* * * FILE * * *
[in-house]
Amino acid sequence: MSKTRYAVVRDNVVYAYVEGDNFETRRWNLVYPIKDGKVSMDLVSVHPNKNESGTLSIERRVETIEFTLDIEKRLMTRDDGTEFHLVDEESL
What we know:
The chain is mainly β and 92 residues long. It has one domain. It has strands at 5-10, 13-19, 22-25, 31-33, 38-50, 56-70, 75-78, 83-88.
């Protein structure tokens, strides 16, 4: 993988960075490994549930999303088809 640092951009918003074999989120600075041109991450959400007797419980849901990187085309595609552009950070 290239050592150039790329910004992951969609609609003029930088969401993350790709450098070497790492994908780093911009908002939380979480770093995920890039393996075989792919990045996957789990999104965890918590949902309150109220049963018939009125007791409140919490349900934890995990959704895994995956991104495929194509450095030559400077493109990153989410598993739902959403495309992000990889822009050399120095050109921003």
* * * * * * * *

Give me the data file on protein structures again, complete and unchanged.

[in-house]
Amino acid sequence: MSKTRYAVVRDNVVYAYVEGDNFETRRWNLVYPIKDGKVSMDLVSVHPNKNESGTLSIERRVETIEFTLDIEKRLMTRDDGTEFHLVDEESL
What we know:
The chain is mainly β and 92 residues long. It has one domain. It has strands at 5-10, 13-19, 22-25, 31-33, 38-50, 56-70, 75-78, 83-88.
């Protein structure tokens, strides 16, 4: 993988960075490994549930999303088809 640092951009918003074999989120600075041109991450959400007797419980849901990187085309595609552009950070 290239050592150039790329910004992951969609609609003029930088969401993350790709450098070497790492994908780093911009908002939380979480770093995920890039393996075989792919990045996957789990999104965890918590949902309150109220049963018939009125007791409140919490349900934890995990959704895994995956991104495929194509450095030559400077493109990153989410598993739902959403495309992000990889822009050399120095050109921003």